Reid's office maintained that the expenses were a "normal part of every fund-raising operation."

The political life

Reid has had a varied political life, one much different from his childhood growing up in Searchlight.

Reid became city attorney in Henderson, Nev., after he graduated from law school; served as a Nevada state assemblyman in 1970 and then became the youngest lieutenant governor in Nevada history, winning as Gov. Mike O'Callaghan's running mate.

He won a seat in the U.S. House of Representatives in 1982 and moved in 1986 to the Senate, to which he has been re-elected three times. He had a close call in the 1998 election — he only defeated his Republican challenger, John Ensign, by 428 votes. Ensign went on to win his own Senate seat in 2000.

But Reid's life has made him no stranger to close calls.

In August 2005 he suffered a transient ischemic attack, an episode often characterized as a ministroke. He canceled public appearances, and his staff assured the media he was fine, highlighting that Reid does not drink or smoke, behaviors often associated with a stroke.

Between 1977 to 1981, when he was chairman of the Nevada Gaming Commission, he was the subject of numerous death threats, and at one point his wife found a bomb attached to their car.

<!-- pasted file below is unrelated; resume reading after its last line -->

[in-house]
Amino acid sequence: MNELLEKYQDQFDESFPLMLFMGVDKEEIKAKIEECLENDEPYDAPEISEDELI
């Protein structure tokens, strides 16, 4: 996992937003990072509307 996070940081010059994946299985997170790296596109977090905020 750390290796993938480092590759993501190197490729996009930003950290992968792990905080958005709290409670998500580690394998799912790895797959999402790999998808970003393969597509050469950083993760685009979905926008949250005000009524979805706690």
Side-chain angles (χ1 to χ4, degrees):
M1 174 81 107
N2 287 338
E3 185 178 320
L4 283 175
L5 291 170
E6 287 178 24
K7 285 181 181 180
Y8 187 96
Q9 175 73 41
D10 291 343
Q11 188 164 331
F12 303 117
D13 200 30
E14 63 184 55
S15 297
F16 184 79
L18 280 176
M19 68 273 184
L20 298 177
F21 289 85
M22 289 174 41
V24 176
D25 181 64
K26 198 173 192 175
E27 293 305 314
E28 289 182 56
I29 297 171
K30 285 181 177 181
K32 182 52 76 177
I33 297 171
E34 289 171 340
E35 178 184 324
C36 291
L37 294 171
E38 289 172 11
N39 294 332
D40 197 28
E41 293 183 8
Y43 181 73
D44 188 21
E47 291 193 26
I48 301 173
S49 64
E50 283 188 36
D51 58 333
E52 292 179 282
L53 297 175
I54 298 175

When he first learned of his appointment to that panel, Reid said he went to his LDS bishop in Nevada to ask for advice. The church prohibits gambling, and Reid wanted to know if he could do the job. The bishop told him that if Reid didn't take the job, he would consider it himself, to illustrate that there was nothing wrong in taking the position.

"I don't gamble," Reid said. "But gambling is a legal business."

Reid knows the boundaries between his profession and his faith, even to the smallest detail.

In 2005, Mary Ann Akers, a reporter for Roll Call, a publication that focuses on Congress, wrote in her "Heard on The Hill" column about Reid accidentally grabbing the wrong suit jacket in a rush to get out of the green room at CNN and went on live television in an "ugly charcoal gray suit" that belonged to someone else.

Reid's press secretary at the time, Tessa Hafen, who is also Mormon, quickly contacted Akers about a correction. Hafen was not complaining about the story on the wrong jacket — but Akers wrote in her column that Reid had "sipped some coffee," which he had not.

Two days later, Akers wrote another column assuring readers that Reid was not drinking coffee. Reid had told reporters he had been in the green room, where "you can get some fruit, drink coffee ... whatever."

"Just because you 'can' doesn't mean you 'do,'" Akers wrote.